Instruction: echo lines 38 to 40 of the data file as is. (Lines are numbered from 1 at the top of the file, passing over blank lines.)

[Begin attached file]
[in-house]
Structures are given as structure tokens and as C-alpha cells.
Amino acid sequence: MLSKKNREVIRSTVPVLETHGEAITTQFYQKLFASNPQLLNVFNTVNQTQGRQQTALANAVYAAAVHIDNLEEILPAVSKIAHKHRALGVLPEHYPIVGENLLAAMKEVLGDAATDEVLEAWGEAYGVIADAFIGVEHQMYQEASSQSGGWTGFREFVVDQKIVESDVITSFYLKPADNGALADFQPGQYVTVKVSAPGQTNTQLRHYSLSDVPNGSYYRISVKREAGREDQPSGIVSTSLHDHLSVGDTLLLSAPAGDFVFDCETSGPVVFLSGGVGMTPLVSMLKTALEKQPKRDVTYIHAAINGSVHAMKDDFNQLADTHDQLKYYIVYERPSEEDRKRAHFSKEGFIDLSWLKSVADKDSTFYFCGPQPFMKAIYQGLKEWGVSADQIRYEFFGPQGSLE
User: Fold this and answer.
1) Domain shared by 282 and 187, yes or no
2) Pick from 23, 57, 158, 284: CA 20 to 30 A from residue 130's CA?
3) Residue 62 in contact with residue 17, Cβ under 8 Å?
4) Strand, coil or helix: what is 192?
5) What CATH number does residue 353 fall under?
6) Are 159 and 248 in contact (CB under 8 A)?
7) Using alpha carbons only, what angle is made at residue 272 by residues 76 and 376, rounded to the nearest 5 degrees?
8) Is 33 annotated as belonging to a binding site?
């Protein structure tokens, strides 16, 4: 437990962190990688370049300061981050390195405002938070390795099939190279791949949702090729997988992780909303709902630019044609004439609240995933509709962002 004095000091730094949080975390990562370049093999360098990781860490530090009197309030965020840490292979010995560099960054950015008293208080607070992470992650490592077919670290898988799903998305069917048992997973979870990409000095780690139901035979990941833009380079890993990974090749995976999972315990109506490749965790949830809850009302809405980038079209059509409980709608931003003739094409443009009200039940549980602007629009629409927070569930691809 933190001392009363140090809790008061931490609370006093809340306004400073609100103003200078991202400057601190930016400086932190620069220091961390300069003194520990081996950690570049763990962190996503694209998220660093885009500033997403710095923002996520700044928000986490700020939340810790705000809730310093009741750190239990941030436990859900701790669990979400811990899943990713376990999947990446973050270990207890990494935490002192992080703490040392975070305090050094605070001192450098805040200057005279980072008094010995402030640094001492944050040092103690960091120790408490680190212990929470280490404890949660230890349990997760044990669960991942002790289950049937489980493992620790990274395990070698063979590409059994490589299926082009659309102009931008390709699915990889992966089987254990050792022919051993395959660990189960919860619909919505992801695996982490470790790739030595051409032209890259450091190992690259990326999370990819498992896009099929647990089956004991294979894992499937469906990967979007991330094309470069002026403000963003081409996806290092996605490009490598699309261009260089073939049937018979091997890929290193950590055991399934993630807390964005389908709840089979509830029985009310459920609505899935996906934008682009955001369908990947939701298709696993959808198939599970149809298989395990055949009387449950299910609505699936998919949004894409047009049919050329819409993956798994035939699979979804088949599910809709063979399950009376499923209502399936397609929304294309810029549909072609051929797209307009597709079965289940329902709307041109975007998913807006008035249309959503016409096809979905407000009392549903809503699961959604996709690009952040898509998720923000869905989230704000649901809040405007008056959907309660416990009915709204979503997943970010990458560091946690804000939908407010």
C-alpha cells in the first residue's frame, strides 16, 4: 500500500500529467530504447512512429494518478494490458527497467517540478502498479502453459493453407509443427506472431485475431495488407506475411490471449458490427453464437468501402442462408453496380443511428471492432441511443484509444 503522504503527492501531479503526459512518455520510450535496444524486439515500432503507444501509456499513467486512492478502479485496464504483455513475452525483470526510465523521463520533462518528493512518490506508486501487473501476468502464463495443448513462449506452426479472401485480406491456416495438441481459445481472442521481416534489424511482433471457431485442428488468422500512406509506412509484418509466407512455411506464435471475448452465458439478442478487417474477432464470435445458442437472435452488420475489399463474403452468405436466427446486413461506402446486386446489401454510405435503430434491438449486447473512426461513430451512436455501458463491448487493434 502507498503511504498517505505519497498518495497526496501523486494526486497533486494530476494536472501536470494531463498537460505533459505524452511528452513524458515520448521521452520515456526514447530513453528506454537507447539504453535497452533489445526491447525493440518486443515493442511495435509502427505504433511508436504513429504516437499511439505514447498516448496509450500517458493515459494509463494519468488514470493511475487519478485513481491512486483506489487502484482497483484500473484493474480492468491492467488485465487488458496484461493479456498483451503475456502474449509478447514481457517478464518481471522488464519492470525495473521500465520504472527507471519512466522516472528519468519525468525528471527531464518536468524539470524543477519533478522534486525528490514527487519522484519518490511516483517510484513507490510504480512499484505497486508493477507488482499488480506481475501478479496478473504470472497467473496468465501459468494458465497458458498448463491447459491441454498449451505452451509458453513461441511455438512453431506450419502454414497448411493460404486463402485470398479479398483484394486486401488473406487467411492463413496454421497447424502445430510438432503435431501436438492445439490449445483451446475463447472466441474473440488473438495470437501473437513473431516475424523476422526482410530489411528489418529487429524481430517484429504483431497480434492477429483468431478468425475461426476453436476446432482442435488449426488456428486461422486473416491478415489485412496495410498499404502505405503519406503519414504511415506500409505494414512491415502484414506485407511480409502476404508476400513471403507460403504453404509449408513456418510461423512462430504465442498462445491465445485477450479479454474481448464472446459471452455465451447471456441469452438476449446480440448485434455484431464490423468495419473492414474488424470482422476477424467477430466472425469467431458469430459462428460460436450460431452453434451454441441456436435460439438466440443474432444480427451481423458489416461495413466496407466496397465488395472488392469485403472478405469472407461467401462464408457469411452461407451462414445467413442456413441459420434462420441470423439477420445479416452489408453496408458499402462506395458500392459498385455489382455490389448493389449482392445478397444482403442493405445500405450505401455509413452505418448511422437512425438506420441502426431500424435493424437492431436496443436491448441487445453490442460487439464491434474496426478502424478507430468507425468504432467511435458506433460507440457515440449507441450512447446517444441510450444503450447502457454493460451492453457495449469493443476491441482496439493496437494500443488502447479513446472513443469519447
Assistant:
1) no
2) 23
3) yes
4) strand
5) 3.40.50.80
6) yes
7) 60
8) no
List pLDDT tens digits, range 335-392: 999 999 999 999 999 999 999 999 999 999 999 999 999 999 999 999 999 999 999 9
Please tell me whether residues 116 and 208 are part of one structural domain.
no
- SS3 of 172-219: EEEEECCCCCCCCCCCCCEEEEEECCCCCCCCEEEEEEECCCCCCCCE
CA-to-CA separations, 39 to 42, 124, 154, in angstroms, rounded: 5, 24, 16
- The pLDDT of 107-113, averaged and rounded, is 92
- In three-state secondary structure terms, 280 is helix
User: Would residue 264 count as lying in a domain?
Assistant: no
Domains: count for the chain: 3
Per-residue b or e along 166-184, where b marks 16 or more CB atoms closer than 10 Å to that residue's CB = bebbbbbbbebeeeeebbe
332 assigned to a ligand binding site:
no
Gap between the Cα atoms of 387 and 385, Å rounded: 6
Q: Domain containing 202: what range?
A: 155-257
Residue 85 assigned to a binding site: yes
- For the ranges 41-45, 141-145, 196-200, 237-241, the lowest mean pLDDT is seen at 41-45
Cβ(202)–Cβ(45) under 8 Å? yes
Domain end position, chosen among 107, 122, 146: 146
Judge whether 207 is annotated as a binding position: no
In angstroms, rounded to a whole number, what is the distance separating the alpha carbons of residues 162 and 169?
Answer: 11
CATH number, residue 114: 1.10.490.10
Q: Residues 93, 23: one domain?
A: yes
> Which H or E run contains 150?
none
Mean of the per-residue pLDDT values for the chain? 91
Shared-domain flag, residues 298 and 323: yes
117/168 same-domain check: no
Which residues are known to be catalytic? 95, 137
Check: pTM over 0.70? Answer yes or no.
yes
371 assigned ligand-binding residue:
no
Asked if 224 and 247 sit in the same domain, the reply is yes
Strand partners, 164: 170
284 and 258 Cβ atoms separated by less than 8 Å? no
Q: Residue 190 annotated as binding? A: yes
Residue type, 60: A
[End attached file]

Q: Domain containing 202: what range?
A: 155-257
Residue 85 assigned to a binding site: yes